SEC tightens equity accounting rules for SPACs
The US Securities and Exchange Commission (SEC) has told top auditors of SPACs to account more strictly for public shares in these companies, according to multiple industry accountants and lawyers familiar with the change. SEC staff have privately told top auditors of Spacs that “redeemable” shares issued by these shells must be treated as temporary — known as “mezzanine” — equity, in a break from the long-standing industry practice of treating them as permanent equity.
The change will cause most Spacs to fall below the minimum equity capital requirement of Nasdaq’s Capital Market tier, pushing those looking to list on Nasdaq to its Global Market tier, which has no equity requirement.
The development marks the second time in 2021 that the SEC has tightened Spac accounting guidance and is the latest salvo in the agency’s broader crackdown on the Spac deals market, a booming business for Wall Street over the past 18 months. While the long-term implications of the change in listing status for Spacs in the pipeline are unclear, some industry attorneys and auditors said it is another worrying sign that the SEC is looking for ways to upend long-standing practices in the market.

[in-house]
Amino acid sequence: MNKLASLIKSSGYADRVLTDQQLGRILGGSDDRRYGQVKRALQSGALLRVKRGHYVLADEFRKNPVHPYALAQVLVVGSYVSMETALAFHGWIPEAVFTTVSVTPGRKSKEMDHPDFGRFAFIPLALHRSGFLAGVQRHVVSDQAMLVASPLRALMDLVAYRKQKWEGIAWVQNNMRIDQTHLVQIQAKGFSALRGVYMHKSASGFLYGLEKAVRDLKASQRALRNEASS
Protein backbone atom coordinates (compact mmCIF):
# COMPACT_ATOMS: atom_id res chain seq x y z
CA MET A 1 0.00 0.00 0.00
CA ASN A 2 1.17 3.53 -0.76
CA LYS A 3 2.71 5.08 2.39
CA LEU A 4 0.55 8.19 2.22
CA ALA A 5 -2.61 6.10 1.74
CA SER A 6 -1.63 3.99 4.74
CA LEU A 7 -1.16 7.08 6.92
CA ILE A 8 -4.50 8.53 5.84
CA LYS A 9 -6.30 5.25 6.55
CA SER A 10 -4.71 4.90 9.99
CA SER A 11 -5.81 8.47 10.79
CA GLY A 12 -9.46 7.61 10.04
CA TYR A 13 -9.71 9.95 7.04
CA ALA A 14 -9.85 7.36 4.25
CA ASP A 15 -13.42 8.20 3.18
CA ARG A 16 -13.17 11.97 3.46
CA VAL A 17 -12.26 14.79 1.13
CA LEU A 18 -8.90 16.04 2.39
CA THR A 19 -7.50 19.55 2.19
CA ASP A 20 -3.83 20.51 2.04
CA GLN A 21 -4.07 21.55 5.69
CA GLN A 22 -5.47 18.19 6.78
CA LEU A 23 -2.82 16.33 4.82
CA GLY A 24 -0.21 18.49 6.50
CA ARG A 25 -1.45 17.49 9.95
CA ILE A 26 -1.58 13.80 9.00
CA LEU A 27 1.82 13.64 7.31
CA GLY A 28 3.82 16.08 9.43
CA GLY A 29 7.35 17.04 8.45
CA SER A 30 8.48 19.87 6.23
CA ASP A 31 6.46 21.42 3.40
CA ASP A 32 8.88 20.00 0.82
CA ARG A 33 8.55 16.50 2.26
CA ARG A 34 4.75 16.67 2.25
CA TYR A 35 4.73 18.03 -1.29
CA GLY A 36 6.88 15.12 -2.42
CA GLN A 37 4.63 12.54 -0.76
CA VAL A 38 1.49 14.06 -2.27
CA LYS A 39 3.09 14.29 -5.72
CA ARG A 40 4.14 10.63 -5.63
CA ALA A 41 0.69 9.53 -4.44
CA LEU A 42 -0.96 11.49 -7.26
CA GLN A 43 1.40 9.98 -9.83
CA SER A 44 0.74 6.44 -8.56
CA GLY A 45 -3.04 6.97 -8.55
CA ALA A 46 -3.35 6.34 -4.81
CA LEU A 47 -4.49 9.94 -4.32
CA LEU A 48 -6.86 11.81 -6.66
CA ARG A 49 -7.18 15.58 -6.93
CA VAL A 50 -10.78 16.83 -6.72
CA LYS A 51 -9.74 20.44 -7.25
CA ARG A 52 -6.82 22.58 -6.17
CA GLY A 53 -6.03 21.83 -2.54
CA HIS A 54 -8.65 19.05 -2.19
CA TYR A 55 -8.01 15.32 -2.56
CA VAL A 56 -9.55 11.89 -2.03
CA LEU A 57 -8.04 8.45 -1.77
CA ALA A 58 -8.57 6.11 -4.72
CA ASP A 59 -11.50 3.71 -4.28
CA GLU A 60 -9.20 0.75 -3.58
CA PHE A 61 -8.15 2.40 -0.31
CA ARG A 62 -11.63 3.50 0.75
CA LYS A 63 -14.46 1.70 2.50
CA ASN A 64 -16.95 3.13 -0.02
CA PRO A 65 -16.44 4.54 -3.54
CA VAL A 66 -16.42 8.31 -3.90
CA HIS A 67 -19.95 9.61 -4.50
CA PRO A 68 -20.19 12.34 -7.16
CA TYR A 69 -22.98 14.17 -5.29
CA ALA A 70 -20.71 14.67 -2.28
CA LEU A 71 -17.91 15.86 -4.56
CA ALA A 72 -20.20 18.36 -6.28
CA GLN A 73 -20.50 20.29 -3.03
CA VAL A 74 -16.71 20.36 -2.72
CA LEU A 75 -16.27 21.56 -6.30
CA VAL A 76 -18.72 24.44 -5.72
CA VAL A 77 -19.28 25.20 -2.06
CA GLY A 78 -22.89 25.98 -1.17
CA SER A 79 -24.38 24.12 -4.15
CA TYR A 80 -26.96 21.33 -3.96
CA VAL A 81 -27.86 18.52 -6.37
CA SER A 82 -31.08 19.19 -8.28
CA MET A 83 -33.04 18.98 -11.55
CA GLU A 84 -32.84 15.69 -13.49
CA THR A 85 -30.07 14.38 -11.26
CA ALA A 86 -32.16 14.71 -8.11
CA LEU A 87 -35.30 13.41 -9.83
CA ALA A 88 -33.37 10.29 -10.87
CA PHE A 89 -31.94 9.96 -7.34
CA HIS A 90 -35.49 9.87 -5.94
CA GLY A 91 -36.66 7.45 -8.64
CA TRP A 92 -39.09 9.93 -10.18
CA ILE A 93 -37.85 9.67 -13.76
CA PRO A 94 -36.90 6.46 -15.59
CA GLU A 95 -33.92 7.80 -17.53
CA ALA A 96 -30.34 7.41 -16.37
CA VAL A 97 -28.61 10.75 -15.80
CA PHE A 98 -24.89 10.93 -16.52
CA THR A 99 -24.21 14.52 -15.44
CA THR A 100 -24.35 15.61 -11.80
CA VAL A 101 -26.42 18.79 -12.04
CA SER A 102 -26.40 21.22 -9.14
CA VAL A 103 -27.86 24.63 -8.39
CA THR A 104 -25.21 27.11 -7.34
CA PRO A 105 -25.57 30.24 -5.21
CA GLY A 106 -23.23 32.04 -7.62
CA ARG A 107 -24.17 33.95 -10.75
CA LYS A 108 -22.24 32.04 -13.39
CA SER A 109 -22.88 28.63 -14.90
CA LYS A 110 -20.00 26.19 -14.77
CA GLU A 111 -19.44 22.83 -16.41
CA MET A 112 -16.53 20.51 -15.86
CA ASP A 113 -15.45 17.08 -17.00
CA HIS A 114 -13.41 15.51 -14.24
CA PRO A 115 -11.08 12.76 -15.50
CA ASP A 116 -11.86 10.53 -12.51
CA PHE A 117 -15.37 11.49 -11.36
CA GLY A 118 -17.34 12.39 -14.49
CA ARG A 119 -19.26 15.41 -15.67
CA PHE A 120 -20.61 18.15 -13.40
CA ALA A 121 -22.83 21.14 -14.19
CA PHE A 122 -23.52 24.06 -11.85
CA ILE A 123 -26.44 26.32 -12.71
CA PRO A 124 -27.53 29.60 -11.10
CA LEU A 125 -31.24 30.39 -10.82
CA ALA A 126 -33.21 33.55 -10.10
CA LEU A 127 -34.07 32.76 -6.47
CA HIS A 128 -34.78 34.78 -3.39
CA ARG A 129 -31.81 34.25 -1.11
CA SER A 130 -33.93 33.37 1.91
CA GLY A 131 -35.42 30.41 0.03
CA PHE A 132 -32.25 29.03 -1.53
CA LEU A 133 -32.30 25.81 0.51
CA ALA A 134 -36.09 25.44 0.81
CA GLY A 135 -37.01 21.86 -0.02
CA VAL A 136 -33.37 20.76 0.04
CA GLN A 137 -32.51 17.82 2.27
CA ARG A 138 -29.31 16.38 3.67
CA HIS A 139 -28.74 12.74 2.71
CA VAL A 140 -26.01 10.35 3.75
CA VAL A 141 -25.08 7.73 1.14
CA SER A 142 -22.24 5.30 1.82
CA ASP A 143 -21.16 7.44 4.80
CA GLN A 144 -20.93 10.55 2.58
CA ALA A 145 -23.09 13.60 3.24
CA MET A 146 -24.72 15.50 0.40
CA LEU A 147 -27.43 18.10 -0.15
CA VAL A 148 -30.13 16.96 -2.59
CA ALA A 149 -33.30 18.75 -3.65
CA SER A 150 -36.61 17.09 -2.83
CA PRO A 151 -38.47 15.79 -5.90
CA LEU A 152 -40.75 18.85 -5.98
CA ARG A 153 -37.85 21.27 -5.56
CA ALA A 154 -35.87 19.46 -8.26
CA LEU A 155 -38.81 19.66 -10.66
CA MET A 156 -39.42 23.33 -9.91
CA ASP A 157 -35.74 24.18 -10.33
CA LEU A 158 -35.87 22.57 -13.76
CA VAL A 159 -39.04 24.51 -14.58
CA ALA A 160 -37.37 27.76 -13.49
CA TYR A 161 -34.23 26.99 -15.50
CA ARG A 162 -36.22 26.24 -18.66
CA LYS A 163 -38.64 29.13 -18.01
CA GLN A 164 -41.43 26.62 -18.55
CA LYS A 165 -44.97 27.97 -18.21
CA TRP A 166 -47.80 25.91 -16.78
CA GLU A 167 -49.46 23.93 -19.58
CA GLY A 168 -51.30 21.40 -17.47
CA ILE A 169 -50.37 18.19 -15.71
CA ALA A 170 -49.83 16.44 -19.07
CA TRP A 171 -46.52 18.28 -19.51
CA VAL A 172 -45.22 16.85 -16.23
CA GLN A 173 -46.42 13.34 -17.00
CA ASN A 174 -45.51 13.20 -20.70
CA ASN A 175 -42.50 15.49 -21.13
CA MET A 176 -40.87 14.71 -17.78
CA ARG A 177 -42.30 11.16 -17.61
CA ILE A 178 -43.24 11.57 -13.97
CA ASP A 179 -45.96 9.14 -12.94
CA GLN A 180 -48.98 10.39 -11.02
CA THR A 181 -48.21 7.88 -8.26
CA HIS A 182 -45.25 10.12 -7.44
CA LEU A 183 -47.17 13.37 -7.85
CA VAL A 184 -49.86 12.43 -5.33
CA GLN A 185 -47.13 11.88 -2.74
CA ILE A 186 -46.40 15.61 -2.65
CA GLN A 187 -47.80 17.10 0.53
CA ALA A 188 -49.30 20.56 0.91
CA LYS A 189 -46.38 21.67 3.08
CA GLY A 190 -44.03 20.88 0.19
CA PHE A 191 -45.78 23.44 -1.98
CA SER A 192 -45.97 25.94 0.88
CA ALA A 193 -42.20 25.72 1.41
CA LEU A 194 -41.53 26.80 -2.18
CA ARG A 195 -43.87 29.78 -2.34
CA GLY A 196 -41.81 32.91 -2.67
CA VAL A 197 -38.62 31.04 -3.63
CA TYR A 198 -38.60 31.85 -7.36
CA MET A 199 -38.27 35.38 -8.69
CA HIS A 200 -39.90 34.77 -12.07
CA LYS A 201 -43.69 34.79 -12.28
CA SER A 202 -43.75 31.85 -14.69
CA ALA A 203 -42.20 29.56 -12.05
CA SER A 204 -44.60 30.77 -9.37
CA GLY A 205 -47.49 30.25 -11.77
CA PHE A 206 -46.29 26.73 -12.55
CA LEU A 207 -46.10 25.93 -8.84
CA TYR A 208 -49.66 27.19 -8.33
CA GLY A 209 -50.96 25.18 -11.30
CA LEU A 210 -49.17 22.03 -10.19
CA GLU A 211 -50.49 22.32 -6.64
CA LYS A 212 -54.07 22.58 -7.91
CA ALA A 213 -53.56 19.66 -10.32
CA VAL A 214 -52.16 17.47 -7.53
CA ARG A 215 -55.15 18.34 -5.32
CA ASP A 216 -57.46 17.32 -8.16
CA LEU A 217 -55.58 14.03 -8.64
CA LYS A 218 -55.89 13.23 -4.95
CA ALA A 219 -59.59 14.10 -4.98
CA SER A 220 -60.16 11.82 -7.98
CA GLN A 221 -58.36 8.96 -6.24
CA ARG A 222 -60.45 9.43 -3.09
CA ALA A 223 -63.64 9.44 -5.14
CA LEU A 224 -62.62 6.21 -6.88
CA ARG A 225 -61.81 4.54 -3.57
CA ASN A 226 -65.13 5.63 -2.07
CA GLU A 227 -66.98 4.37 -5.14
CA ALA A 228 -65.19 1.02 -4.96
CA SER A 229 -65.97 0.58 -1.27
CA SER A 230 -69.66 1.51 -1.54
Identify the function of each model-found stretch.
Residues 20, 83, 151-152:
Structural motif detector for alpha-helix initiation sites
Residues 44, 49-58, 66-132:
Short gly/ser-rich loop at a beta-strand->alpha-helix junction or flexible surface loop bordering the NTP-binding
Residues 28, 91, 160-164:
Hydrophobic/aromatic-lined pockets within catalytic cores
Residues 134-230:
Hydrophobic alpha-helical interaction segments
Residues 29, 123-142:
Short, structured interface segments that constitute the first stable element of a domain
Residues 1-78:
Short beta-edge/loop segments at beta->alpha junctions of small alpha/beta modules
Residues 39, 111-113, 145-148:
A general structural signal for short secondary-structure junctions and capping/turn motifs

A Nasdaq spokesperson confirmed that the accounting change has forced Spacs to switch their planned listings from its Capital Market to its Global Market. While the SEC’s new stance is unlikely to be as disruptive for the Spac industry as its April guidance, it is creating a headache for Nasdaq. Spacs have traditionally listed on its Capital Market, which is generally for companies focused on capital raising and which has minimum capital requirements.